Stadtmauer EA, Fraietta JA, Davis MM, Cohen AD, Weber KL, Lancaster E, Mangan PA, Kulikovskaya I, Gupta M, Chen F, Tian L, Gonzalez VE, Xu J, Jung I, Melenhorst JJ, Plesa G, Shea J, Matlawski T, Cervini A, Gaymon AL, Desjardins S, Lamontagne A, Salas-Mckee J, Fesnak A, Siegel DL, Levine BL, Jadlowsky JK, Young RM, Chew A, Hwang W, Hexner EO, Carreno BM, Nobles CL, Bushman FD, Parker KR, Qi Y, Satpathy AT, Chang HY, Zhao Y, Lacey SF, June CH.
Science, 6 February 2020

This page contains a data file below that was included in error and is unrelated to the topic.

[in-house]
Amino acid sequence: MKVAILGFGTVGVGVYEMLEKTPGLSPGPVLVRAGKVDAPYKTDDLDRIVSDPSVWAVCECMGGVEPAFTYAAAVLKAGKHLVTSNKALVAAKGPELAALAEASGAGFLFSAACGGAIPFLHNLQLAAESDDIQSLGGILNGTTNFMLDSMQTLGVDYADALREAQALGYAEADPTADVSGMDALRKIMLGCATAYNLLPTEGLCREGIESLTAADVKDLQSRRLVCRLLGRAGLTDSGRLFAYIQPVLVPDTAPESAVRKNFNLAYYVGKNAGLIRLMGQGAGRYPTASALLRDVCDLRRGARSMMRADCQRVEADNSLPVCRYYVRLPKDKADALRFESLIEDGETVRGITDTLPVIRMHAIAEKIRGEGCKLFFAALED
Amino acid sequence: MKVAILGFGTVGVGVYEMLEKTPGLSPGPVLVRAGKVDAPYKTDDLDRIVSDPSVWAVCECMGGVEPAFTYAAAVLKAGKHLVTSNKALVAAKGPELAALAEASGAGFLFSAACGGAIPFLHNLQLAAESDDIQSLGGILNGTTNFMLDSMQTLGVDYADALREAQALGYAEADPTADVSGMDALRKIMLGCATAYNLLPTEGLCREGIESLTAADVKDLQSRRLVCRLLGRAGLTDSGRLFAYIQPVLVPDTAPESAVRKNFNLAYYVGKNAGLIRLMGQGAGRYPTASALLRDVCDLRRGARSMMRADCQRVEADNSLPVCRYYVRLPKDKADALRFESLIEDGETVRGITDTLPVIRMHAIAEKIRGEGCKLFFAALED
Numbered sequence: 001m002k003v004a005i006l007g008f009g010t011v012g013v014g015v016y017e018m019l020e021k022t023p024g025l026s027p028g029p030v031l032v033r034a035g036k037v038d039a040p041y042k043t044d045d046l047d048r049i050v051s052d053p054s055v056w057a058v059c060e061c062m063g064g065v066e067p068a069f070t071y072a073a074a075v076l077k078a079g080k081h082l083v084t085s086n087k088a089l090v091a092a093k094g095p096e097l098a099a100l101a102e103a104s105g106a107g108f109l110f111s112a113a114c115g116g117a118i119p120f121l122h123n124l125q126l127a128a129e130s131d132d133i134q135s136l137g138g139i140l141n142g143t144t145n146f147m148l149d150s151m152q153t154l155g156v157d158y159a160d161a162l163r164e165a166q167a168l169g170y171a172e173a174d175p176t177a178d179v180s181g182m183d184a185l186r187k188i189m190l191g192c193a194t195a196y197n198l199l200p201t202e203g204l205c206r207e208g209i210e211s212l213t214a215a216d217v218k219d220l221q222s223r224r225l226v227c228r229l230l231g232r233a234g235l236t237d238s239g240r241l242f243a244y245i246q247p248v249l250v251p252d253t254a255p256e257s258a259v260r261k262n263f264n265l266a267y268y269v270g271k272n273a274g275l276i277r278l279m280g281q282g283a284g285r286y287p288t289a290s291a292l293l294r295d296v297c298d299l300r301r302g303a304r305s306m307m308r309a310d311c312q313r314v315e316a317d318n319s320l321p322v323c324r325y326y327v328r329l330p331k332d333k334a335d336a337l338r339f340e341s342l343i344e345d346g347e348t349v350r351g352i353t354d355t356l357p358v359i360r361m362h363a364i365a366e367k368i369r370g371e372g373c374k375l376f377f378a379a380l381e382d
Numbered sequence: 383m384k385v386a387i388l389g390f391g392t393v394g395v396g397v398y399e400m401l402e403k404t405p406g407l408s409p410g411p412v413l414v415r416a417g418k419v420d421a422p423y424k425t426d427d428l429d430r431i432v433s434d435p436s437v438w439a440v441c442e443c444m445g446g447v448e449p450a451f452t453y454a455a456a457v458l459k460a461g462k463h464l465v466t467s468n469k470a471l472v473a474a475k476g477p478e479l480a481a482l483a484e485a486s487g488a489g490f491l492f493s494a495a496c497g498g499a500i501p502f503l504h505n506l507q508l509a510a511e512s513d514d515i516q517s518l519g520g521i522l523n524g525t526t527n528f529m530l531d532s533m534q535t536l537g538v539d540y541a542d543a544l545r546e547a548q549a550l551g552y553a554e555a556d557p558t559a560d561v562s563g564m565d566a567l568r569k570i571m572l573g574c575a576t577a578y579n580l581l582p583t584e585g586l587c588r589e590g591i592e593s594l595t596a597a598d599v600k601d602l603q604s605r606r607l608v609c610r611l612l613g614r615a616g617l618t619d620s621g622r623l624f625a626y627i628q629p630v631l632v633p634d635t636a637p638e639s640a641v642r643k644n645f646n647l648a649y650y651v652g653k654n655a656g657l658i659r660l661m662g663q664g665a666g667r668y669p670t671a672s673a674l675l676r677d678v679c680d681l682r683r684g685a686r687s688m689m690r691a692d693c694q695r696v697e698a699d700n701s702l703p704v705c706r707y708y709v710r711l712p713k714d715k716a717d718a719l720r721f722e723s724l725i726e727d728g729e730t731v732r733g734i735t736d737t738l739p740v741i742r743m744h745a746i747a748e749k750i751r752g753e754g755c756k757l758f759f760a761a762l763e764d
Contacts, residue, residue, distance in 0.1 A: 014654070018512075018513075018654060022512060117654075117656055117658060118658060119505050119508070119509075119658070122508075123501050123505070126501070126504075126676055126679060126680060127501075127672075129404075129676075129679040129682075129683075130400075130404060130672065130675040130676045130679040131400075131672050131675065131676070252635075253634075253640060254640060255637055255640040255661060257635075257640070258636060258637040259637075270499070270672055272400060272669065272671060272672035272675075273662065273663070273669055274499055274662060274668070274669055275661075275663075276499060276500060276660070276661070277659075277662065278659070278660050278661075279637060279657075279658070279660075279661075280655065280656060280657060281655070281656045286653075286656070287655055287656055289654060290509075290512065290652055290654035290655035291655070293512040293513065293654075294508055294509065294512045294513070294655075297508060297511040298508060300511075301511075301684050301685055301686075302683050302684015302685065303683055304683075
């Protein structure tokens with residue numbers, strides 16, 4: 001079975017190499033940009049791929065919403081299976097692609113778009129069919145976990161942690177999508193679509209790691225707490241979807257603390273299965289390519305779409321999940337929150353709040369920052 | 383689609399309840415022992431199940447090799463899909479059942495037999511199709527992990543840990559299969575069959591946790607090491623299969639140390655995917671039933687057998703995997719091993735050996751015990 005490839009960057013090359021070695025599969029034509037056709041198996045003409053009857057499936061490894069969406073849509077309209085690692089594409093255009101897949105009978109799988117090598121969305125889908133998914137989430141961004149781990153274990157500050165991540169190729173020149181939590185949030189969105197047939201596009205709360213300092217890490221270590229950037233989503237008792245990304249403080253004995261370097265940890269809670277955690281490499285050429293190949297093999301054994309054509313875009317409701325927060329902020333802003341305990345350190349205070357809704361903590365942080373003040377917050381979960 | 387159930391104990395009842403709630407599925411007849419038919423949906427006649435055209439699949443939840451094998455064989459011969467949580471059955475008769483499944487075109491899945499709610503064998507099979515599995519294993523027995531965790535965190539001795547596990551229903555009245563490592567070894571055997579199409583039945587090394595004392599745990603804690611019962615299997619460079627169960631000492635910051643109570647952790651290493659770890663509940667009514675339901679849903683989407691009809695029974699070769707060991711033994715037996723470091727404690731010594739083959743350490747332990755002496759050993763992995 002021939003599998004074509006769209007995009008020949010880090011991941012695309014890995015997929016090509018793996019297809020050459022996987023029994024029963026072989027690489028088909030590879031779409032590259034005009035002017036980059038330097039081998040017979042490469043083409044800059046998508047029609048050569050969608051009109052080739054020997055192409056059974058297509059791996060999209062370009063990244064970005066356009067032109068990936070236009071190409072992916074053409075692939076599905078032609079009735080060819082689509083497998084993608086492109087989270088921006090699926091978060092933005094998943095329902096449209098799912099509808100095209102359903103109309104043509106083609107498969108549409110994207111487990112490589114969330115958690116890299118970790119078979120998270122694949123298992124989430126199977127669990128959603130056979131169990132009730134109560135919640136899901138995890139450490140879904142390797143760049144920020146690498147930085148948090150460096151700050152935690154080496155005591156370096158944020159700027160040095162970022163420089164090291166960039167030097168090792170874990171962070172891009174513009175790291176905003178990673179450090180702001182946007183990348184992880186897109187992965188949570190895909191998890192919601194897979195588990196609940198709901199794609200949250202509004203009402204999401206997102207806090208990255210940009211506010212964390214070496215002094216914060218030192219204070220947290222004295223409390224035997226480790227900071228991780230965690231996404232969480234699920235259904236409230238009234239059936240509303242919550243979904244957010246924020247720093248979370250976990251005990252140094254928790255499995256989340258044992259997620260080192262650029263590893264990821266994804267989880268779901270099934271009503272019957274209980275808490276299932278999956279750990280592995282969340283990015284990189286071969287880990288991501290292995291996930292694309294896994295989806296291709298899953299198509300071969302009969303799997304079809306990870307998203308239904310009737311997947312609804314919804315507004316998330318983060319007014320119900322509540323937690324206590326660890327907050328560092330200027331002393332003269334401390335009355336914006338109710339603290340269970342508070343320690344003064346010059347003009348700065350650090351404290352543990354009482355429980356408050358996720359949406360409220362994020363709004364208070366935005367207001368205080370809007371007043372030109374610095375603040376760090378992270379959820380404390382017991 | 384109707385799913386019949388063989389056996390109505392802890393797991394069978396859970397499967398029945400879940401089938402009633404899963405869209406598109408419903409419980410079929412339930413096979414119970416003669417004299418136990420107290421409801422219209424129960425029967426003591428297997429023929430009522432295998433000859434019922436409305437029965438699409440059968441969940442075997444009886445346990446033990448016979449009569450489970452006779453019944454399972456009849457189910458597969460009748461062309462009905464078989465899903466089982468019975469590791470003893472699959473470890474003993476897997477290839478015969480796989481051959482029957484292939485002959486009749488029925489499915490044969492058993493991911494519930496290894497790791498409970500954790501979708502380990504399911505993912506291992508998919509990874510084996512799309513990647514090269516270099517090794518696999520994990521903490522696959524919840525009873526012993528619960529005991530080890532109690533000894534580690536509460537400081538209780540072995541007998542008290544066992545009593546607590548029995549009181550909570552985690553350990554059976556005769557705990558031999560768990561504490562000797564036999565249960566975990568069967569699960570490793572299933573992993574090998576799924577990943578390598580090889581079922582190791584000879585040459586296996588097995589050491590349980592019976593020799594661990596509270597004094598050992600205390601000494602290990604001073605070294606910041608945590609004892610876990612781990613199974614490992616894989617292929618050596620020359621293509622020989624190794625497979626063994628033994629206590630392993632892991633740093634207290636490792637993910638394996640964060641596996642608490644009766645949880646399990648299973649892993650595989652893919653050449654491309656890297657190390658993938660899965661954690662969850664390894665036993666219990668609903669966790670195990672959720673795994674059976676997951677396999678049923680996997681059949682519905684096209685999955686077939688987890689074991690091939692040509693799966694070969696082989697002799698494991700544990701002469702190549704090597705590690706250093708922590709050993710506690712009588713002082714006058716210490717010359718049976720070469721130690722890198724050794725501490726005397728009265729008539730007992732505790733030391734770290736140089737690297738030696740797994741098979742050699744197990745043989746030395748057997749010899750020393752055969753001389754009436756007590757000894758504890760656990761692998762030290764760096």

CRISPR-Cas9 gene editing provides a powerful tool to enhance the natural ability of human T cells to fight cancer. We report a first-in-human phase I clinical trial to test the safety and feasibility of multiplex CRISPR-Cas9 editing to engineer T cells in three patients with refractory cancer. Two genes encoding the endogenous T cell receptor (TCR) chains, TCRα (TRAC) and TCRβ (TRBC) were deleted in T cells to reduce TCR mispairing and to enhance the expression of a synthetic, cancer-specific TCR transgene (NY-ESO-1). Removal of a third gene encoding PD-1 (PDCD1), was performed to improve anti-tumor immunity. Adoptive transfer of engineered T cells into patients resulted in durable engraftment with edits at all three genomic loci. Though chromosomal translocations were detected, the frequency decreased over time. ModifiedT cells persisted for up to 9 months suggesting that immunogenicity is minimal under these conditions and demonstrating the feasibility of CRISPR gene-editing for cancer immunotherapy.